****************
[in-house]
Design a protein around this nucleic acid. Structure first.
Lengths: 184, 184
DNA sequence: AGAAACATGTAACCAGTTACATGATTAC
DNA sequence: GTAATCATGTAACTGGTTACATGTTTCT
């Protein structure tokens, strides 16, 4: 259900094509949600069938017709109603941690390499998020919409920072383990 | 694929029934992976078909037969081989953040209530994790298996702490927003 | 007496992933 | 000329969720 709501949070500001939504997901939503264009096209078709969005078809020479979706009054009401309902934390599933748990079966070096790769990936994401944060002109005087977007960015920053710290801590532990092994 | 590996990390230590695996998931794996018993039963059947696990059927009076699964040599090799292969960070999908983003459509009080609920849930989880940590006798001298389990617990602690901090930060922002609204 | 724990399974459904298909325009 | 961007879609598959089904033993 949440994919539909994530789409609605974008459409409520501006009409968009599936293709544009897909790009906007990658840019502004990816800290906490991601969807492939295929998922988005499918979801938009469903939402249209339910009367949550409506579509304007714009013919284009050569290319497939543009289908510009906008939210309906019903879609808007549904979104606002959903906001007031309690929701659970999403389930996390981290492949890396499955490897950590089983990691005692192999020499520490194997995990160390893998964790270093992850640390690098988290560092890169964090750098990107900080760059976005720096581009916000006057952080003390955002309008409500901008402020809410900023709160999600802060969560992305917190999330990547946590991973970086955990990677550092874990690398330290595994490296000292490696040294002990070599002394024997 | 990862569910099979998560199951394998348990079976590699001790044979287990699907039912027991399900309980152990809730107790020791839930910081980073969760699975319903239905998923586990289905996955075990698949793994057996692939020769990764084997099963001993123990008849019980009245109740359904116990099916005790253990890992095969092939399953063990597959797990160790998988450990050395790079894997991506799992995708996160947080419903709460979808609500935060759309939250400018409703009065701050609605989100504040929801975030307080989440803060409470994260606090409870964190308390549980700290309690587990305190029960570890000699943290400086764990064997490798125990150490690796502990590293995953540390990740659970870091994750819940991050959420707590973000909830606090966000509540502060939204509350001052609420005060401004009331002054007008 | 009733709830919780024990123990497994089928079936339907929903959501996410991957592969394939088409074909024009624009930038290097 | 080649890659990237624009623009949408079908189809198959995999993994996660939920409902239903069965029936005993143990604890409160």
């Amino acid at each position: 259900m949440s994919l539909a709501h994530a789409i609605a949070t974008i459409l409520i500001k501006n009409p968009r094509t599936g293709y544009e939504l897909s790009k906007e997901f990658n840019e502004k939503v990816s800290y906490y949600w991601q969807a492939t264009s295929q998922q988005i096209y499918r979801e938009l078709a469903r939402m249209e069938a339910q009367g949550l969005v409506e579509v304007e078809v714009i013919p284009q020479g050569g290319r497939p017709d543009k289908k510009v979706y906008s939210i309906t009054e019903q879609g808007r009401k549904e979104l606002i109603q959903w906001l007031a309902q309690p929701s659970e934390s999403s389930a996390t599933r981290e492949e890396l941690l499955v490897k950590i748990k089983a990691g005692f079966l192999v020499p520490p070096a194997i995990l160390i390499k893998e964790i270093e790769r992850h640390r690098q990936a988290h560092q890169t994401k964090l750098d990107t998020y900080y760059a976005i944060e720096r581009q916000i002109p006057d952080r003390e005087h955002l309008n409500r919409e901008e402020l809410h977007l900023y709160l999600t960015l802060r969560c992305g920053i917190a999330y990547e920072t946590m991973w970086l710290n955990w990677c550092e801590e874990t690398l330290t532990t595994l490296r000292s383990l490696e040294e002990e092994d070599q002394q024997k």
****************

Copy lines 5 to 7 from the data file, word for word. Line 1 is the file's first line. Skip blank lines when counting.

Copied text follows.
DNA sequence: GTAATCATGTAACTGGTTACATGTTTCT
């Protein structure tokens, strides 16, 4: 259900094509949600069938017709109603941690390499998020919409920072383990 | 694929029934992976078909037969081989953040209530994790298996702490927003 | 007496992933 | 000329969720 709501949070500001939504997901939503264009096209078709969005078809020479979706009054009401309902934390599933748990079966070096790769990936994401944060002109005087977007960015920053710290801590532990092994 | 590996990390230590695996998931794996018993039963059947696990059927009076699964040599090799292969960070999908983003459509009080609920849930989880940590006798001298389990617990602690901090930060922002609204 | 724990399974459904298909325009 | 961007879609598959089904033993 949440994919539909994530789409609605974008459409409520501006009409968009599936293709544009897909790009906007990658840019502004990816800290906490991601969807492939295929998922988005499918979801938009469903939402249209339910009367949550409506579509304007714009013919284009050569290319497939543009289908510009906008939210309906019903879609808007549904979104606002959903906001007031309690929701659970999403389930996390981290492949890396499955490897950590089983990691005692192999020499520490194997995990160390893998964790270093992850640390690098988290560092890169964090750098990107900080760059976005720096581009916000006057952080003390955002309008409500901008402020809410900023709160999600802060969560992305917190999330990547946590991973970086955990990677550092874990690398330290595994490296000292490696040294002990070599002394024997 | 990862569910099979998560199951394998348990079976590699001790044979287990699907039912027991399900309980152990809730107790020791839930910081980073969760699975319903239905998923586990289905996955075990698949793994057996692939020769990764084997099963001993123990008849019980009245109740359904116990099916005790253990890992095969092939399953063990597959797990160790998988450990050395790079894997991506799992995708996160947080419903709460979808609500935060759309939250400018409703009065701050609605989100504040929801975030307080989440803060409470994260606090409870964190308390549980700290309690587990305190029960570890000699943290400086764990064997490798125990150490690796502990590293995953540390990740659970870091994750819940991050959420707590973000909830606090966000509540502060939204509350001052609420005060401004009331002054007008 | 009733709830919780024990123990497994089928079936339907929903959501996410991957592969394939088409074909024009624009930038290097 | 080649890659990237624009623009949408079908189809198959995999993994996660939920409902239903069965029936005993143990604890409160």
């Amino acid at each position: 259900m949440s994919l539909a709501h994530a789409i609605a949070t974008i459409l409520i500001k501006n009409p968009r094509t599936g293709y544009e939504l897909s790009k906007e997901f990658n840019e502004k939503v990816s800290y906490y949600w991601q969807a492939t264009s295929q998922q988005i096209y499918r979801e938009l078709a469903r939402m249209e069938a339910q009367g949550l969005v409506e579509v304007e078809v714009i013919p284009q020479g050569g290319r497939p017709d543009k289908k510009v979706y906008s939210i309906t009054e019903q879609g808007r009401k549904e979104l606002i109603q959903w906001l007031a309902q309690p929701s659970e934390s999403s389930a996390t599933r981290e492949e890396l941690l499955v490897k950590i748990k089983a990691g005692f079966l192999v020499p520490p070096a194997i995990l160390i390499k893998e964790i270093e790769r992850h640390r690098q990936a988290h560092q890169t994401k964090l750098d990107t998020y900080y760059a976005i944060e720096r581009q916000i002109p006057d952080r003390e005087h955002l309008n409500r919409e901008e402020l809410h977007l900023y709160l999600t960015l802060r969560c992305g920053i917190a999330y990547e920072t946590m991973w970086l710290n955990w990677c550092e801590e874990t690398l330290t532990t595994l490296r000292s383990l490696e040294e002990e092994d070599q002394q024997k």